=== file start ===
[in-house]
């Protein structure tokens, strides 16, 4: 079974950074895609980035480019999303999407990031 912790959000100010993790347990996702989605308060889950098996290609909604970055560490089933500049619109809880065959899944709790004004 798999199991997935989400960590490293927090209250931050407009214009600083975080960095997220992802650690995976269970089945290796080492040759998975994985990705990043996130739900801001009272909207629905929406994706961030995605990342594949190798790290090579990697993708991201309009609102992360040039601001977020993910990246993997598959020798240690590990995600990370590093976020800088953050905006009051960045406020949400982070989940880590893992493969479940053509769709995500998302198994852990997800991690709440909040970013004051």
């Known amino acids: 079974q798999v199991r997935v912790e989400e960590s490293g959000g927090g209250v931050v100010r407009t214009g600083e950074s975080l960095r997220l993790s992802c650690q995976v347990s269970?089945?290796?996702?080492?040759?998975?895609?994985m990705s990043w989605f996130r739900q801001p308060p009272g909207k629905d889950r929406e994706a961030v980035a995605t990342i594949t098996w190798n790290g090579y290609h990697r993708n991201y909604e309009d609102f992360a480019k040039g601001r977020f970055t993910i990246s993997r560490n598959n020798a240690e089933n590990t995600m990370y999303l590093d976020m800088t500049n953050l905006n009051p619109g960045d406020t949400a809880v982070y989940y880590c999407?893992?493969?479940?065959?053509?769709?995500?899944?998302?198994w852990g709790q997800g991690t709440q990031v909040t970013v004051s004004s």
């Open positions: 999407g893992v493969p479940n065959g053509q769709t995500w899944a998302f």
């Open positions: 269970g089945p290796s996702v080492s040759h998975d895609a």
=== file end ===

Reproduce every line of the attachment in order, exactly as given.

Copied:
[in-house]
């Protein structure tokens, strides 16, 4: 079974950074895609980035480019999303999407990031 912790959000100010993790347990996702989605308060889950098996290609909604970055560490089933500049619109809880065959899944709790004004 798999199991997935989400960590490293927090209250931050407009214009600083975080960095997220992802650690995976269970089945290796080492040759998975994985990705990043996130739900801001009272909207629905929406994706961030995605990342594949190798790290090579990697993708991201309009609102992360040039601001977020993910990246993997598959020798240690590990995600990370590093976020800088953050905006009051960045406020949400982070989940880590893992493969479940053509769709995500998302198994852990997800991690709440909040970013004051």
């Known amino acids: 079974q798999v199991r997935v912790e989400e960590s490293g959000g927090g209250v931050v100010r407009t214009g600083e950074s975080l960095r997220l993790s992802c650690q995976v347990s269970?089945?290796?996702?080492?040759?998975?895609?994985m990705s990043w989605f996130r739900q801001p308060p009272g909207k629905d889950r929406e994706a961030v980035a995605t990342i594949t098996w190798n790290g090579y290609h990697r993708n991201y909604e309009d609102f992360a480019k040039g601001r977020f970055t993910i990246s993997r560490n598959n020798a240690e089933n590990t995600m990370y999303l590093d976020m800088t500049n953050l905006n009051p619109g960045d406020t949400a809880v982070y989940y880590c999407?893992?493969?479940?065959?053509?769709?995500?899944?998302?198994w852990g709790q997800g991690t709440q990031v909040t970013v004051s004004s």
């Open positions: 999407g893992v493969p479940n065959g053509q769709t995500w899944a998302f």
């Open positions: 269970g089945p290796s996702v080492s040759h998975d895609a």